Wartime graffiti: Soldier artists turn their barracks into an art gallery

Interviews, WW2, WW2 in Greece

By Pierre Kosmidis

Photos: Markos Spanos

Leros Island in the Dodecanese, Greece,  was a theatre of fierce fighting in 1943, marking the last German victory of strategic importance in the Aegean, with the Operation code named “Taifun”.



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Much has been said and written about the actual fighting in 1943, but significantly less is known about the daily lives of the soldiers stationed there.


Leros, along with Rodos, Milos, the western part of Crete and other smaller Greek islands were the last nazi bastions in Europe, with the garrisons stationed there surrendering in May 1945, well after the Russians conquered Berlin.


Leros, an important naval base, up until the Italian capitulation of 1943, was then used by the Germans as a base which controlled the area.

Many German soldiers remained stationed on the Greek island and after the 1943 battle, they tried to get by as smoothly as they could, away from home.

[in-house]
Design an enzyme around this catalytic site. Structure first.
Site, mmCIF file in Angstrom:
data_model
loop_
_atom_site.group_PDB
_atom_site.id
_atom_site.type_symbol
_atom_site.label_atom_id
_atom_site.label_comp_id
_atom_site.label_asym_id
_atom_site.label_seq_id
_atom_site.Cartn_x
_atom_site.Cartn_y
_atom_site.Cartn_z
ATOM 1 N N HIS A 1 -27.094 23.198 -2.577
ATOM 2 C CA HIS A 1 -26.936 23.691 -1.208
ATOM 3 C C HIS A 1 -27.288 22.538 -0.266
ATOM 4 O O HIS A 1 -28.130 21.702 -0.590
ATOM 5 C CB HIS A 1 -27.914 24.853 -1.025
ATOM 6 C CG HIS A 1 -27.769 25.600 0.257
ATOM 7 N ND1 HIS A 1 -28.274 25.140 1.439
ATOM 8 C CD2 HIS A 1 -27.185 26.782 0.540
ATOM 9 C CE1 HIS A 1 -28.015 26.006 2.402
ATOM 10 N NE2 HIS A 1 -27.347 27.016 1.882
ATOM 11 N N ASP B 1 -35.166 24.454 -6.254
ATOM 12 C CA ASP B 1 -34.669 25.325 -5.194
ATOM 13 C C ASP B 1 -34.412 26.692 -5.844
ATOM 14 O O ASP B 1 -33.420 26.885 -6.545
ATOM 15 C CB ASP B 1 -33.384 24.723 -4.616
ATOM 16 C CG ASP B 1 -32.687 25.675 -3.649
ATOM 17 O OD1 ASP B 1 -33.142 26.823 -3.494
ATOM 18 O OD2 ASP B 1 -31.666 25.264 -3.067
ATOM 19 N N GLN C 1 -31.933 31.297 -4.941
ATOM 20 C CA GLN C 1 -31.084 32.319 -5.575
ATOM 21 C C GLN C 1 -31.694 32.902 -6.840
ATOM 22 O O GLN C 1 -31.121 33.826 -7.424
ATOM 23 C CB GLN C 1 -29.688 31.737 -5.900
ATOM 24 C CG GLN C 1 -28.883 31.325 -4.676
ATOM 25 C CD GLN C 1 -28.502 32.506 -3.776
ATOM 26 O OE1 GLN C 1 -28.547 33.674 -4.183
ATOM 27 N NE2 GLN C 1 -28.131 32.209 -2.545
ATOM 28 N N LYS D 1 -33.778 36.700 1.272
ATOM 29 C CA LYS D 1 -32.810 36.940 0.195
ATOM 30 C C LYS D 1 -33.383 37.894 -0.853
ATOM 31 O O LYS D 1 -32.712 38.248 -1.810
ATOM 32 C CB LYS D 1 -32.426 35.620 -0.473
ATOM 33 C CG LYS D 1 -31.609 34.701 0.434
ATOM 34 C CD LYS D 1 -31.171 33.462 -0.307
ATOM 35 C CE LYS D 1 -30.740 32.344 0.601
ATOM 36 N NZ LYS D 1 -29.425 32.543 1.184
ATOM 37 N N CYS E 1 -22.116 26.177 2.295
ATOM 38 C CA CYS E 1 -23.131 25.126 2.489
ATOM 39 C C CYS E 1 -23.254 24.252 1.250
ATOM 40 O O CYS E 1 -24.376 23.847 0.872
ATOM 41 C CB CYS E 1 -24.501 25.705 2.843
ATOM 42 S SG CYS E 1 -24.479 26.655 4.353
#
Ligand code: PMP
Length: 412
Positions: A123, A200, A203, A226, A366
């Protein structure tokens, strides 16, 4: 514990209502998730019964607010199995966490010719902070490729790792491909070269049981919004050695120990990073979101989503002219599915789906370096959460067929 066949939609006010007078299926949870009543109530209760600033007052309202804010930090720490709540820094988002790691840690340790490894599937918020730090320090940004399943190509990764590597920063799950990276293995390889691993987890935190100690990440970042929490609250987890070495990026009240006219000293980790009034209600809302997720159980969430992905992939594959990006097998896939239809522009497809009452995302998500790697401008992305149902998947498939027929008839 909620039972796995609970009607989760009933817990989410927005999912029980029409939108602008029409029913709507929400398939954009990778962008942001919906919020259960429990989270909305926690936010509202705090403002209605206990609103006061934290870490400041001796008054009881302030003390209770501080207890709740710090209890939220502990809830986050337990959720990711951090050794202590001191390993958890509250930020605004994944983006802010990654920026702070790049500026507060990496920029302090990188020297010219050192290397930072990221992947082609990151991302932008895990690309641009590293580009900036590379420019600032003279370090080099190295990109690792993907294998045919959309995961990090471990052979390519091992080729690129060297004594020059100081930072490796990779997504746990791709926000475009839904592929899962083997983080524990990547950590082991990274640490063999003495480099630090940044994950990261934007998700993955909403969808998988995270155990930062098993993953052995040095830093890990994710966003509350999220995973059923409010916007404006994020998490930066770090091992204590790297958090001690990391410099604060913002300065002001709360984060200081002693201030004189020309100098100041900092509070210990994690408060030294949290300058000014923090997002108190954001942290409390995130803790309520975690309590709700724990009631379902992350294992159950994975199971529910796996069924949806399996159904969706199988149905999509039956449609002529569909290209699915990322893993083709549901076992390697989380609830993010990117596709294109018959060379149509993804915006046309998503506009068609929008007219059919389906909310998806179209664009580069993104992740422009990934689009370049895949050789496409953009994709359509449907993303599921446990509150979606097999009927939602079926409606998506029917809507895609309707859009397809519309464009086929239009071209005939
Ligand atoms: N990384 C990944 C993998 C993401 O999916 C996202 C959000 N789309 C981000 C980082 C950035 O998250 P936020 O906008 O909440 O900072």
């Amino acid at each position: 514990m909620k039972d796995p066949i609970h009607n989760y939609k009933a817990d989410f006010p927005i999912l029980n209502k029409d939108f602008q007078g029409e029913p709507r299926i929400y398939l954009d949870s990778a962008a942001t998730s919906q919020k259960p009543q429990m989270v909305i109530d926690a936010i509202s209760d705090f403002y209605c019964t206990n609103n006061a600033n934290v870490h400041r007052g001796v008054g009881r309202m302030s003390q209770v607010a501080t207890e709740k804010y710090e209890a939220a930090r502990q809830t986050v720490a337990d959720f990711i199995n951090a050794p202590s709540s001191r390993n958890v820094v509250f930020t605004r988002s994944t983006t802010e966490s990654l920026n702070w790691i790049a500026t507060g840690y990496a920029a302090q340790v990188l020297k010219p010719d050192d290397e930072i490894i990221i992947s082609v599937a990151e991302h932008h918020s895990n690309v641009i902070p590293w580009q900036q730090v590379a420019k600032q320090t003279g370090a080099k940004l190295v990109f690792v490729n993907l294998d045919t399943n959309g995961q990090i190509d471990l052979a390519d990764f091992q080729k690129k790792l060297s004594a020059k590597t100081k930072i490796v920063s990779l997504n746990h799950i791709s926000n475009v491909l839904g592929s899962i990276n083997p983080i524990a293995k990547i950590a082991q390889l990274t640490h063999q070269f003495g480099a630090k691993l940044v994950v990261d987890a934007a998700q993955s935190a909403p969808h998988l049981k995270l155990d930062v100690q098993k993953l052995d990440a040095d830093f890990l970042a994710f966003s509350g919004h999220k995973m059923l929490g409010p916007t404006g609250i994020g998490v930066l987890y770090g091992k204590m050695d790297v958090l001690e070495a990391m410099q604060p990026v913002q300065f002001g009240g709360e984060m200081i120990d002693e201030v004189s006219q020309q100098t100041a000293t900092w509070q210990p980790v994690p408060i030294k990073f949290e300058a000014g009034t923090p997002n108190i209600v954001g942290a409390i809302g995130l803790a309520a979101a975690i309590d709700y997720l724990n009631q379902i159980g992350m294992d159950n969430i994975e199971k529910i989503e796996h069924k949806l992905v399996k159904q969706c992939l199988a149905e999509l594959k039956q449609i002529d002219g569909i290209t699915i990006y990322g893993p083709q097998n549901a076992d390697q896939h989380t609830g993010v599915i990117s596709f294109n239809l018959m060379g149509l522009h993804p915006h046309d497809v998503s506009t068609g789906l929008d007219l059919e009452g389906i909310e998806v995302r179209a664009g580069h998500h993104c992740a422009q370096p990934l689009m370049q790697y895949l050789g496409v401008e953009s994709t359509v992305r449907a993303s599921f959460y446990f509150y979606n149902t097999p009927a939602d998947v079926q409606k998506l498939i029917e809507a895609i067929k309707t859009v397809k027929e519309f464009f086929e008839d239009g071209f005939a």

Some of those soldiers were artists, as is the case of Otto Meister. A German soldier stationed in Diapori, Xirokampos, Leros, Meister made some impressive frescoes on the walls of the barracks, which remain to this day, reminding us that wars are being fought by humans, individuals who are not just fighters, but have interesting personalities too.


Markos Spanos, a researcher and photographer from Leros island visited the barracks and provided www.ww2wrecks.com with photos and information on the wartime graffiti, which remind us of WW2 in the Aegean.


“A German soldier named Otto Meister made copies of paintings of the famous Dutch painter Pieter Bruegel, the “Peasant wedding” and the “Peasant dance”, originally painted around 1567.”


Both works of art are exhibited at the Vienna Kunsthistorisches Museum.


Apart from these reproductions though, Meister, or possibly other soldiers before him, probably Italians, depicted everyday scenes and a painting of the… sexy lady with her dog.


Other frescoes have unfortunately been destroyed and are hardly visible.  


The frescoes are in good condition, compared to the rest paintings, because in 2006 renovations were made in this building.


Unfortunately, the rest of the paintings, as well as many other military buildings in the mountains of Leros,are greatly damaged, because of the elements and also because local shepherds have turned these buildings into sheep farms.”